Insensitivity leads to impunity

This was, in fact, the whole point of GREVIO’s warning: there is no point in improving the structures, if the underlying mentality continues to view gender-based violence through a rose-tinted lens

In different ways, two recent developments have cast a spotlight on the ugly realities of domestic violence in Malta.

The first was a report by the Council of Europe’s group of experts on domestic violence, GREVIO, which found that – while advances had been made, in terms of setting up structures to stem gender-based violence – the legal system still showed signs of ‘insensitivity’ towards victims: leading to repeat victimisation, and low levels of prosecutions and convictions.

“Police officers who routinely receive reports or respond to callouts, are not trained on the dynamics of domestic violence, nor on the gendered aspect of such violence,” the report notes. “This leads to […] barriers to reporting for particularly vulnerable categories of women and insufficient and ineffective collection of evidence in cases of rape and domestic violence.”

Moreover, the few prosecutions that take place are often met with ambivalence on the part of the judiciary: “Judges appear to have inadequate understanding of the change in paradigm in proving rape, of the role and importance of emergency barring orders and protection orders in breaking the cycle of violence in cases of domestic violence.”

The second development was a confirmation that domestic violence reports have increased recently. Speaking at the unveiling of the police’s Gender-Based and Domestic Violence Unit, Commissioner Angelo Gafa’ revealed that over the past few months alone, reports of domestic violence had increased from four per day to five per day.

Having said this, it would be unwise to draw a direct correlation between these two developments. The recent increase in reported cases may also be the result of an improvement in victim’s access to justice (as attested by the many institutions that have been created, or reinforced, in recent years: including the Police’s own specialised unit, but also the Commission for Domestic Violence, as well as new legislation against gender-based violence passed in 2018.)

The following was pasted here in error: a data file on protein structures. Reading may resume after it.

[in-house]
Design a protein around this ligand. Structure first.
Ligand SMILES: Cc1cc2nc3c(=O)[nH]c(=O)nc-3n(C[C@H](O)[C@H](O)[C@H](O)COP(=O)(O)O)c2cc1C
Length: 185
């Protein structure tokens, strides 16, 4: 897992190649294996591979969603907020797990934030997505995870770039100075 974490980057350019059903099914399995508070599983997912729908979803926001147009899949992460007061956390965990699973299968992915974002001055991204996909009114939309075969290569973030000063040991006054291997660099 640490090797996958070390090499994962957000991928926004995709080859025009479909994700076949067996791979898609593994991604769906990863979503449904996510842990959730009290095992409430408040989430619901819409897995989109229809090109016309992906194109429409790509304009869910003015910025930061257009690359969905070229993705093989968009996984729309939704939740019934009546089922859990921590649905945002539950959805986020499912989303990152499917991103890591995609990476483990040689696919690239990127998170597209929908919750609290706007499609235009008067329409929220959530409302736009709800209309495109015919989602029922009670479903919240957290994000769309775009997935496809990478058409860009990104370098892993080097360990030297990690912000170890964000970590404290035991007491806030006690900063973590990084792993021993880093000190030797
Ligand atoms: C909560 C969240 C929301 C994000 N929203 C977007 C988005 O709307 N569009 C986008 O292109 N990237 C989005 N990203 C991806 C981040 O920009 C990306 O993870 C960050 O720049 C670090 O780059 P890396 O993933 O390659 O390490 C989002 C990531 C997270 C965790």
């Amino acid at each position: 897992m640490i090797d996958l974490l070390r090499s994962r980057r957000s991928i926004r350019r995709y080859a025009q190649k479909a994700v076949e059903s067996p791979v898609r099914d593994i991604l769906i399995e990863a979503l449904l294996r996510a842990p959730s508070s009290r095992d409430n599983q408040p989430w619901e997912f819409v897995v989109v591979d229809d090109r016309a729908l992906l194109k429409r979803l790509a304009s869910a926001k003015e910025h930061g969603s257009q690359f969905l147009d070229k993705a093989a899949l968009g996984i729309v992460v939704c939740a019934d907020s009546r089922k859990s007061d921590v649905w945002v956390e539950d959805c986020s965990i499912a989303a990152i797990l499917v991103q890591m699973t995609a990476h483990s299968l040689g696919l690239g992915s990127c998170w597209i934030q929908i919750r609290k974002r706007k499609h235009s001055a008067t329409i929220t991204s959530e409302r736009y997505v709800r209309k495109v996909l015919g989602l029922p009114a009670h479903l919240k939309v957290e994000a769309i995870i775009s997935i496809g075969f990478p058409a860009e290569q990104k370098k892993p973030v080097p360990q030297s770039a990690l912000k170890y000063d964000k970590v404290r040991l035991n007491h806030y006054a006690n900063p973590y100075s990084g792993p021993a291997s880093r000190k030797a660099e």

But while ‘access to justice’ is undeniably an important first step, it is not, in itself, a solution. As former police inspector Dr Mary Muscat said in an interview with MaltaToday: “The structures are all in place […], but they don’t work because they’re not sensitive enough.”

There appears to be an abundance of evidence to back up this claim. The increase in reported cases also has to be viewed in the context of a very low conviction rate: out of the 480 cases prosecuted in 2017, only 53 ended with a guilty verdict – just 11%.

Even then, there is a marked tendency for the law-courts to hand down lenient sentences in such cases. Despite recent legal amendments – which increased the penalties to 12 years, in non-aggravated cases – lawyers such as Lara Dimitrijevic (who specialises in domestic violence cases) still argue that: “the general attitude towards violence against women and domestic violence is that it is all too often viewed as not being a grave offence.”

This in turn points towards an underlying cultural mindset, that may be a good deal harder to change in practice than legislation.

Nonetheless – as both GREVIO and Dimitrijevic also acknowledge – the process has already started. In April this year, the Constitutional Court upheld a decision to award €5,000 in damages to a long-suffering victim of domestic abuse, after it noted that the State had failed in a positive obligation to protect the victim.

The first court had, in fact, noted “systemic failures” in the way police investigated and prosecuted domestic violence reports, all of which led to a situation whereby repeated complaints had been ignored: resulting in the victim suffering prolonged trauma at the hands of her abusive partner.

But while justice was eventually served in this particular case, other victims may still face the same systemic issues in their own pursuit of State protection.

This was, in fact, the whole point of GREVIO’s warning: there is no point in improving the structures, if the underlying mentality continues to view gender-based violence through a rose-tinted lens.

Clearly, then, the time has come to address the cultural reasons for Malta’s apparent reluctance to take domestic violence with the seriousness it deserves. And much can still be done in this regard: starting with a review of how domestic violence reports are currently handled by the authorities; and extending to the introduction of victim impact assessments, and further training for judges and magistrates.

But it has to start with an acknowledgement that the problem exists. And from this perspective, government’s reaction to the GREVIO report – which was to dismiss, or minimise, the shortcomings it identified – was not a very encouraging start.

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